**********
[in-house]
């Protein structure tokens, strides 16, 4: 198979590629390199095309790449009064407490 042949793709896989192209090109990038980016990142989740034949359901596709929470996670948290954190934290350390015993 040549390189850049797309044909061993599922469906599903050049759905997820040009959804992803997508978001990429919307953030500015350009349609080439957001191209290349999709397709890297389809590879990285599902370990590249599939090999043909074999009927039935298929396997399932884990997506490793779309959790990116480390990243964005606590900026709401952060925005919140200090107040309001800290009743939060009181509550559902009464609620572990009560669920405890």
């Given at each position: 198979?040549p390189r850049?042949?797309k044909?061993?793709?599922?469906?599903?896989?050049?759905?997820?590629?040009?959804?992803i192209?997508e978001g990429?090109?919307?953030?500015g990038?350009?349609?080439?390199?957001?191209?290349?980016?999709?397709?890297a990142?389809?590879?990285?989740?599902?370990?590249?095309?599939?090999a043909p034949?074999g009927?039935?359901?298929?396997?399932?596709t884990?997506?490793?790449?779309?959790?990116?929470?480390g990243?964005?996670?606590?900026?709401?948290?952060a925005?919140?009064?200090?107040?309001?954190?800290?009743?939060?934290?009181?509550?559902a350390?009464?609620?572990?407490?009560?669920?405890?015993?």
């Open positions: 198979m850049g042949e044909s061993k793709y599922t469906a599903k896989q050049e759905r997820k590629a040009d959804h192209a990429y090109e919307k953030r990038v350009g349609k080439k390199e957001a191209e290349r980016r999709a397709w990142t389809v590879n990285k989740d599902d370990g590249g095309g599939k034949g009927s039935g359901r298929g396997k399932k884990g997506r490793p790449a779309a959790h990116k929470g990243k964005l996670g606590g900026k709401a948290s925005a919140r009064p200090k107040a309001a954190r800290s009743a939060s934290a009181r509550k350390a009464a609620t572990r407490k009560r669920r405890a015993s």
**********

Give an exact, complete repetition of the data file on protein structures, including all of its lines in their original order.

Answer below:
[in-house]
């Protein structure tokens, strides 16, 4: 198979590629390199095309790449009064407490 042949793709896989192209090109990038980016990142989740034949359901596709929470996670948290954190934290350390015993 040549390189850049797309044909061993599922469906599903050049759905997820040009959804992803997508978001990429919307953030500015350009349609080439957001191209290349999709397709890297389809590879990285599902370990590249599939090999043909074999009927039935298929396997399932884990997506490793779309959790990116480390990243964005606590900026709401952060925005919140200090107040309001800290009743939060009181509550559902009464609620572990009560669920405890």
């Given at each position: 198979?040549p390189r850049?042949?797309k044909?061993?793709?599922?469906?599903?896989?050049?759905?997820?590629?040009?959804?992803i192209?997508e978001g990429?090109?919307?953030?500015g990038?350009?349609?080439?390199?957001?191209?290349?980016?999709?397709?890297a990142?389809?590879?990285?989740?599902?370990?590249?095309?599939?090999a043909p034949?074999g009927?039935?359901?298929?396997?399932?596709t884990?997506?490793?790449?779309?959790?990116?929470?480390g990243?964005?996670?606590?900026?709401?948290?952060a925005?919140?009064?200090?107040?309001?954190?800290?009743?939060?934290?009181?509550?559902a350390?009464?609620?572990?407490?009560?669920?405890?015993?």
């Open positions: 198979m850049g042949e044909s061993k793709y599922t469906a599903k896989q050049e759905r997820k590629a040009d959804h192209a990429y090109e919307k953030r990038v350009g349609k080439k390199e957001a191209e290349r980016r999709a397709w990142t389809v590879n990285k989740d599902d370990g590249g095309g599939k034949g009927s039935g359901r298929g396997k399932k884990g997506r490793p790449a779309a959790h990116k929470g990243k964005l996670g606590g900026k709401a948290s925005a919140r009064p200090k107040a309001a954190r800290s009743a939060s934290a009181r509550k350390a009464a609620t572990r407490k009560r669920r405890a015993s």